By Nathan Ham
Even with some damp and slightly chilly weather on Saturday and Sunday, big crowds still turned out for the 42nd Annual Woolly Worm Festival.
Last year’s festival was a forgettable one as high winds ravaged vendor tents and forced the cancellation of Sunday events. This year made up for it in a big way with lots of happy folks and happy vendors.
“The festival went great, some of the vendors said they had the best day Saturday that they had ever had in the whole time they have ever been at Woolly Worm in one day,” said Melynda Pepple, the Executive Director of the Avery County Chamber of Commerce. “Our crowds were phenomenal the entire morning. Then it got a little rainy, but for a while there, you could hardly move. We were very happy with the turnout. Everyone seemed happy, excited and very positive.”
Pepple said that while she did not have the exact total of the number of worms involved in the woolly worm races, on average approximately 2,500 worms race each year during the festival. Over 1,000 worms were purchased this year to raise money for the many non-profit organizations that benefit from the festival
“All proceeds are given back to the community to enhance our schools, children’s programs and to promote businesses and tourism in Avery County,” said Pepple.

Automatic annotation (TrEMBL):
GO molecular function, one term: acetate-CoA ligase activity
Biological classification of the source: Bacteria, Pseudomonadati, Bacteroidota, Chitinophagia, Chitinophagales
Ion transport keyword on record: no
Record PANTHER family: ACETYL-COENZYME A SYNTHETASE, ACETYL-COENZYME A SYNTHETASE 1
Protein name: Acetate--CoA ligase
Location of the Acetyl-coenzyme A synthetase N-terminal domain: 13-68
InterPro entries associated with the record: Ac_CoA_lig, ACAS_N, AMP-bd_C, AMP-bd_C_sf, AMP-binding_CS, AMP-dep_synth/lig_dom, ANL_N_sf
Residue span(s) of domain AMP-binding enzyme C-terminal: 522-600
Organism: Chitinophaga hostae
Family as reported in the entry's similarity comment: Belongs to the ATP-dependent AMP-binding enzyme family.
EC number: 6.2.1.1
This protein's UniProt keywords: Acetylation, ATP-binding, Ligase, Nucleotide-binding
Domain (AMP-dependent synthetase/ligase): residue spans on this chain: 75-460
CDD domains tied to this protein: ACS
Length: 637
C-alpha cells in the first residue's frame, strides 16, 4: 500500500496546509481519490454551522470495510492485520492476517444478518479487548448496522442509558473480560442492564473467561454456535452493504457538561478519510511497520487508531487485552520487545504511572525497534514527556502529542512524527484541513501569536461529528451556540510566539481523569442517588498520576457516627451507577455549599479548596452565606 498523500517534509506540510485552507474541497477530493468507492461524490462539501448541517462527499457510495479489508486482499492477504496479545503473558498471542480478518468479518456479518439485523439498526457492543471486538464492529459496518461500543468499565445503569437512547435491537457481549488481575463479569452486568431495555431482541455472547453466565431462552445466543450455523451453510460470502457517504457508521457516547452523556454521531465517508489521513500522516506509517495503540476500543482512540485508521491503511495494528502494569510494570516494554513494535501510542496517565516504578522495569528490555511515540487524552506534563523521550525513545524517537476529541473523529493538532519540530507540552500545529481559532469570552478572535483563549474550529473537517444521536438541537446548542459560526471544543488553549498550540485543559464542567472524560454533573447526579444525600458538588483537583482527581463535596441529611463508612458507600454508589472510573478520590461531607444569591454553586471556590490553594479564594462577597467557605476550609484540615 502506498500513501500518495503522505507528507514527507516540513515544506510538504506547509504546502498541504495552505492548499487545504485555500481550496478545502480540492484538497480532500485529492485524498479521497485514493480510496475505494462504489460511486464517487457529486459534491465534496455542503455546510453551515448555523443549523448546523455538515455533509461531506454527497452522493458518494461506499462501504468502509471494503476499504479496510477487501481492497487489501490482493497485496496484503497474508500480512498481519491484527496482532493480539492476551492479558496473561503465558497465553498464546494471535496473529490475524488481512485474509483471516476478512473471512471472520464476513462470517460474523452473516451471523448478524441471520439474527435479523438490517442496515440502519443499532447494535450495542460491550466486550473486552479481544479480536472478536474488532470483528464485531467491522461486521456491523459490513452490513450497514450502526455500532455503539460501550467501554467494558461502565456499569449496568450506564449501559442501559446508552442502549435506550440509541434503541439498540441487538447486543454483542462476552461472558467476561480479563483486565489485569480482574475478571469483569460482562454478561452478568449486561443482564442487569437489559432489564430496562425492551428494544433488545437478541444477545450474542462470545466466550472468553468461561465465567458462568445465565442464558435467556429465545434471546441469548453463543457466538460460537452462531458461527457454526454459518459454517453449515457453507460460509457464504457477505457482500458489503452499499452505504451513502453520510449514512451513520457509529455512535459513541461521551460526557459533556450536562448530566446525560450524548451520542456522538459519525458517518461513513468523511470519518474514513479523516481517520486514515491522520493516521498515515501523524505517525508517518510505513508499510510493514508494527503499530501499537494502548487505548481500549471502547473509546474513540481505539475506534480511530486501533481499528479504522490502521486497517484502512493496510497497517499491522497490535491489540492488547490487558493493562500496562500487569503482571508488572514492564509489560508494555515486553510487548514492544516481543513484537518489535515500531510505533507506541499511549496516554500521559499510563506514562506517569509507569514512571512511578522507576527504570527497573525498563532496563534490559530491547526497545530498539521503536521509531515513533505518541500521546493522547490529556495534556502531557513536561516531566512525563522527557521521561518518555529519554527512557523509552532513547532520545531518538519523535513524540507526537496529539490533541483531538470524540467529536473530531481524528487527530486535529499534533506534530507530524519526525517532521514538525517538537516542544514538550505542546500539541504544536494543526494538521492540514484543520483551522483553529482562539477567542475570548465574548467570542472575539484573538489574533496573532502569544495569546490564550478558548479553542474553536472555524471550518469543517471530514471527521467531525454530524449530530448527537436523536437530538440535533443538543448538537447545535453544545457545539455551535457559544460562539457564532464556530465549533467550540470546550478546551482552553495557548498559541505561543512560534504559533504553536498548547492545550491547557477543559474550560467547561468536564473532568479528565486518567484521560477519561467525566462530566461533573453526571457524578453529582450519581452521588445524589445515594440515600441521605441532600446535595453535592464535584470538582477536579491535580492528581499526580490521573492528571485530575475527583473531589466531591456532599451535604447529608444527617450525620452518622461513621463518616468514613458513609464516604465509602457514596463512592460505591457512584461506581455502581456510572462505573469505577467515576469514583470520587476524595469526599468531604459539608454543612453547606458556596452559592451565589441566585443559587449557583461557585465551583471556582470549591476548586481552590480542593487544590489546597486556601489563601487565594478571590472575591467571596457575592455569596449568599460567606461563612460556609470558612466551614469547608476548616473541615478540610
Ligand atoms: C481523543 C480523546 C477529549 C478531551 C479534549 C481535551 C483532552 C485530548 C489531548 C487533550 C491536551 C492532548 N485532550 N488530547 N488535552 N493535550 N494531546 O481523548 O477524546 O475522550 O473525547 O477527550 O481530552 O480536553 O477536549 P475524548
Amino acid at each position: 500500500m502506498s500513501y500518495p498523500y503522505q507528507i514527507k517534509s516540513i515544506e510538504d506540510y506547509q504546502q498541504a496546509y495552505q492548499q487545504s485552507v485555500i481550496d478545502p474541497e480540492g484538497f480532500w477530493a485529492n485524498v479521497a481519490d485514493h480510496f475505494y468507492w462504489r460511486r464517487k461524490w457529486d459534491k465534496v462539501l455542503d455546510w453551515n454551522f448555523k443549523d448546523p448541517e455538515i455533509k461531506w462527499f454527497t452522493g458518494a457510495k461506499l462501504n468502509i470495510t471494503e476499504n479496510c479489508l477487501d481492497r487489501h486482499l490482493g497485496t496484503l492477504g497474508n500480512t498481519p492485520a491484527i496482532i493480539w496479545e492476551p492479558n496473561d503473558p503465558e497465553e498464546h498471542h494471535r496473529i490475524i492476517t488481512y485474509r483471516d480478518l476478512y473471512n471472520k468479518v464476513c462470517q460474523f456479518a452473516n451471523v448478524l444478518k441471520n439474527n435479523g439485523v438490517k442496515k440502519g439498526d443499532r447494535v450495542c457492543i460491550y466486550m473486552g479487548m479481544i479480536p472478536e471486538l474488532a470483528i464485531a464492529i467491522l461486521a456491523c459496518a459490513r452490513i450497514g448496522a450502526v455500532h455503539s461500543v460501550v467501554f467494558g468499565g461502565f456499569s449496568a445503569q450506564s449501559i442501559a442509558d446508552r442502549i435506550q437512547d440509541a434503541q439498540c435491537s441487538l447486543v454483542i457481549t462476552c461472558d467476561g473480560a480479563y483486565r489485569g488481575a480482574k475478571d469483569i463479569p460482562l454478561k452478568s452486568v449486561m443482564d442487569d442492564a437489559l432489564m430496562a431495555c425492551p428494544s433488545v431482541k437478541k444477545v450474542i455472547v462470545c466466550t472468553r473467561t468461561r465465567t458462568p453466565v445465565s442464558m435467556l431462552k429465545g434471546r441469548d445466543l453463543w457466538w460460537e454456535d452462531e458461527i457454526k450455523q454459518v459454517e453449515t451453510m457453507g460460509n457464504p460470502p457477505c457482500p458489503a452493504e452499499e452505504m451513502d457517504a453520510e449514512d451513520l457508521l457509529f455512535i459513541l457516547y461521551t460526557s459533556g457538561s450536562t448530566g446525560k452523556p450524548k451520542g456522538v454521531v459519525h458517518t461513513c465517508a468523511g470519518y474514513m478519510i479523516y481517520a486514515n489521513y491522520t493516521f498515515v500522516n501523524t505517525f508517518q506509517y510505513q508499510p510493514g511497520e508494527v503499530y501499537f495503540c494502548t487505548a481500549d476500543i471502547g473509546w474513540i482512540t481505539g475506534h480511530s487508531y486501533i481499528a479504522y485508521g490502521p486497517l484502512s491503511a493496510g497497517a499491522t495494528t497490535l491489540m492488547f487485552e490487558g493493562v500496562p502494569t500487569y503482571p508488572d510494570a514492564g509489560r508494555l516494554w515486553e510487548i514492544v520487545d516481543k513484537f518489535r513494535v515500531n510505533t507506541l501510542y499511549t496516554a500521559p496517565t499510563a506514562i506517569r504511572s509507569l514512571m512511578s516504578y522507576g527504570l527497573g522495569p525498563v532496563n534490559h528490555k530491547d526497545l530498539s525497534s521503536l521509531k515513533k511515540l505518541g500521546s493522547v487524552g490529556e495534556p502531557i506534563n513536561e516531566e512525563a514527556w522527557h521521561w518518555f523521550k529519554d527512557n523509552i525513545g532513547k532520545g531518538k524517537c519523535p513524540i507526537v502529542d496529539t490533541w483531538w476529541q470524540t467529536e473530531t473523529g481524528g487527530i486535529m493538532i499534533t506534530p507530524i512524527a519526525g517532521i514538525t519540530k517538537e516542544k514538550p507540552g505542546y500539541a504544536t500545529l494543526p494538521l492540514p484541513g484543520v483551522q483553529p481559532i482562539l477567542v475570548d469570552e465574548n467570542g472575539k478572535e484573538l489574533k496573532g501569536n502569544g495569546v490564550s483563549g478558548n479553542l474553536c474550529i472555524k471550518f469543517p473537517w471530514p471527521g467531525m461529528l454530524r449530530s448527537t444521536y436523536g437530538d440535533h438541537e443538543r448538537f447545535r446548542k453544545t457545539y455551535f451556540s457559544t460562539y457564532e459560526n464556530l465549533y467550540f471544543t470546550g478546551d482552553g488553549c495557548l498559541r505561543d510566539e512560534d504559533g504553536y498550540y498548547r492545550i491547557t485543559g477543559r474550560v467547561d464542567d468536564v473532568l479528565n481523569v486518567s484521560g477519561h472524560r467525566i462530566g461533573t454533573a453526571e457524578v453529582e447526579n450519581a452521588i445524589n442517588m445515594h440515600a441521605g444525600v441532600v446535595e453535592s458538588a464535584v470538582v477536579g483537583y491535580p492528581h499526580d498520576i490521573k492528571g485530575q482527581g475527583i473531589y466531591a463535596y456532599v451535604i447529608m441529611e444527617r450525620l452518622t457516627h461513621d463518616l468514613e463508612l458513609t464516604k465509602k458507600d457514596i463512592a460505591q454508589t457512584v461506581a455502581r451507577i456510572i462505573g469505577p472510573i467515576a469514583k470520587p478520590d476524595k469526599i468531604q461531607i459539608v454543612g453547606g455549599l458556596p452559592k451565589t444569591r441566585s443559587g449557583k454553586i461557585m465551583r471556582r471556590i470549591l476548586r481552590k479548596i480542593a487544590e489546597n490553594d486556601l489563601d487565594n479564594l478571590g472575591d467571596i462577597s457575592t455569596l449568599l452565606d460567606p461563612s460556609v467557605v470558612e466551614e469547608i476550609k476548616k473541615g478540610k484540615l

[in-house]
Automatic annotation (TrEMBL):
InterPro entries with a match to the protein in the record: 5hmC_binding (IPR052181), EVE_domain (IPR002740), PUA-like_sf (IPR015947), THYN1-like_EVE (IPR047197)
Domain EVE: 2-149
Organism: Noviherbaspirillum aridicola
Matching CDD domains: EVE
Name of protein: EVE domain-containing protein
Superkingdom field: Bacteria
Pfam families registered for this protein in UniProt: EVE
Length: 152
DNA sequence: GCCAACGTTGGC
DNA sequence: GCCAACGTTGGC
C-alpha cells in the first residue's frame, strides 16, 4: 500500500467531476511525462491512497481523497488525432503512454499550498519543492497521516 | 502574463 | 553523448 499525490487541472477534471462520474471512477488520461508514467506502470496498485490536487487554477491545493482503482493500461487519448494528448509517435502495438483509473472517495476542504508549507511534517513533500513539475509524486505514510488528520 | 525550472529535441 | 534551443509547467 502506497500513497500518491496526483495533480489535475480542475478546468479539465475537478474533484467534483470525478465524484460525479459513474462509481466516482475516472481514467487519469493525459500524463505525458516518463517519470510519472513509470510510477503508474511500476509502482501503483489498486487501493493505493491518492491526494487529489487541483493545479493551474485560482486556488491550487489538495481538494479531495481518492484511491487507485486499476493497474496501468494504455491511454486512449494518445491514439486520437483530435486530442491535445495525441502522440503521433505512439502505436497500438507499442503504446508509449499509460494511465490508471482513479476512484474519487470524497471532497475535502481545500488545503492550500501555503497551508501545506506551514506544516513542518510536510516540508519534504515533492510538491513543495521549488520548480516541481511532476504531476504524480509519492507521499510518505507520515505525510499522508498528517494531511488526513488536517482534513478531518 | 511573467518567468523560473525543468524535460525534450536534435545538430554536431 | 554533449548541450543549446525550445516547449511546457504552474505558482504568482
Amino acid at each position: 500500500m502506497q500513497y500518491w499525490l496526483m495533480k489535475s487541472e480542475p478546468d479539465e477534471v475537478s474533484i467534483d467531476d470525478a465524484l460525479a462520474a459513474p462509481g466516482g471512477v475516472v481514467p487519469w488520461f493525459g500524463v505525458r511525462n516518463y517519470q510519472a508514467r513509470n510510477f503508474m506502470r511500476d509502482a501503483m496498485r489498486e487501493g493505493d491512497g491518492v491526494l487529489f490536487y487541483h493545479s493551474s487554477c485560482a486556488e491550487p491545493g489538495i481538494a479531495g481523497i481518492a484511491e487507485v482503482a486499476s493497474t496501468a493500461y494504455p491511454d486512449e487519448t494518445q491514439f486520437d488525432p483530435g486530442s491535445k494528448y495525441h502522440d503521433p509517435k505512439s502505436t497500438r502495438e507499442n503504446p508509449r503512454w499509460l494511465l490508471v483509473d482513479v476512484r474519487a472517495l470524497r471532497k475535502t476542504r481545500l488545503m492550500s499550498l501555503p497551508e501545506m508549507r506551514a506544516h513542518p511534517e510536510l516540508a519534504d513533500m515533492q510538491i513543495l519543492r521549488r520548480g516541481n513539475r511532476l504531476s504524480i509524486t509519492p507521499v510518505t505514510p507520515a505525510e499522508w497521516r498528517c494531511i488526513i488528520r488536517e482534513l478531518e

Each year, the Woolly Worm Festival happens on the third weekend of October and it takes a big crew of volunteers and community leaders to make this event so great.
“We appreciate the community effort and partnership from our volunteers because, without them, we cannot do this by ourselves. It takes all of us coming together and we are most grateful for everyone’s effort for this exciting event since we are now the official Woolly Worm Festival of North Carolina,” Pepple said. “We look forward to our 43rd annual woolly worm festival and have already received applications for next year.”
The state officially acknowledged Banner Elk’s festival as the official Woolly Worm Festival of North Carolina when the North Carolina General Assembly signed a bill into law recognizing this on June 25, 2018.
The event had about 200 vendors show up this year, as it does each and every year.
The biggest part of the celebration is always the winning woolly worm in the race. This year, the winner was Wild Worm Will owned by Leslee Brown of Wilmington. The winning worm also predicts the winter weather for 2019-20 by adding up the colors of the worm’s 14 segments representing the 14 weeks of winter. Wild Worm Will had two black segments, two fleck (mix of brown and black) segments, one black segment, two light brown segments, four brown segments, one fleck segment and two light brown segments.
For those that are hoping for a mild winter, if you can make it through the first five weeks of winter, you may very well be the big winner. Wild Worm Will is predicting the first two weeks of winter to have above-average temperatures with snowfalls over one inch, two weeks of below-average temperatures with light snow/frost, then another week of above-average temperatures and snowfalls over one inch. After the first five weeks, things calm down with Wild Worm Will predicting two weeks of above-average temperatures, four weeks of average temperatures, one week of below-average temperatures and light snow/frost and two weeks of above-average temperatures to end the winter season.